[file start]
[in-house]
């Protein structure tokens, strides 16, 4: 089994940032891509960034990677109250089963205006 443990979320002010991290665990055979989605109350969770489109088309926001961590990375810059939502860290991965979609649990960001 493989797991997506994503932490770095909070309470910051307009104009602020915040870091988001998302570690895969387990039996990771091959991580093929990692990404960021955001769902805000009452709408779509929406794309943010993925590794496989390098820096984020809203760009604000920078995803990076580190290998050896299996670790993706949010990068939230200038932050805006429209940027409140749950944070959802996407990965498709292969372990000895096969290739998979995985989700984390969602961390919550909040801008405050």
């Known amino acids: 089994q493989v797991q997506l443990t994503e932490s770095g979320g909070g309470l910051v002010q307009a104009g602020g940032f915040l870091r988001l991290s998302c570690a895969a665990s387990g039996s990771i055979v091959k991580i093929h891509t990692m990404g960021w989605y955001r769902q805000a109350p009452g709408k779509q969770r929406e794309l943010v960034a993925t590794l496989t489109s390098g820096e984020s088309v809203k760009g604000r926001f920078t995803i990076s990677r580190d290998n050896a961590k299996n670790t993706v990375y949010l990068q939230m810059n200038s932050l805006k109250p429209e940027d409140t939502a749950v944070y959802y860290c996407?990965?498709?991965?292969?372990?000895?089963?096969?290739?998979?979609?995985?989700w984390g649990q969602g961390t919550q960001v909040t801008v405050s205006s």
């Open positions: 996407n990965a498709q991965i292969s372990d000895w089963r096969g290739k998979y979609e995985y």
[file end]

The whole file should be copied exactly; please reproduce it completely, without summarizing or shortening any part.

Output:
[in-house]
């Protein structure tokens, strides 16, 4: 089994940032891509960034990677109250089963205006 443990979320002010991290665990055979989605109350969770489109088309926001961590990375810059939502860290991965979609649990960001 493989797991997506994503932490770095909070309470910051307009104009602020915040870091988001998302570690895969387990039996990771091959991580093929990692990404960021955001769902805000009452709408779509929406794309943010993925590794496989390098820096984020809203760009604000920078995803990076580190290998050896299996670790993706949010990068939230200038932050805006429209940027409140749950944070959802996407990965498709292969372990000895096969290739998979995985989700984390969602961390919550909040801008405050």
């Known amino acids: 089994q493989v797991q997506l443990t994503e932490s770095g979320g909070g309470l910051v002010q307009a104009g602020g940032f915040l870091r988001l991290s998302c570690a895969a665990s387990g039996s990771i055979v091959k991580i093929h891509t990692m990404g960021w989605y955001r769902q805000a109350p009452g709408k779509q969770r929406e794309l943010v960034a993925t590794l496989t489109s390098g820096e984020s088309v809203k760009g604000r926001f920078t995803i990076s990677r580190d290998n050896a961590k299996n670790t993706v990375y949010l990068q939230m810059n200038s932050l805006k109250p429209e940027d409140t939502a749950v944070y959802y860290c996407?990965?498709?991965?292969?372990?000895?089963?096969?290739?998979?979609?995985?989700w984390g649990q969602g961390t919550q960001v909040t801008v405050s205006s």
């Open positions: 996407n990965a498709q991965i292969s372990d000895w089963r096969g290739k998979y979609e995985y």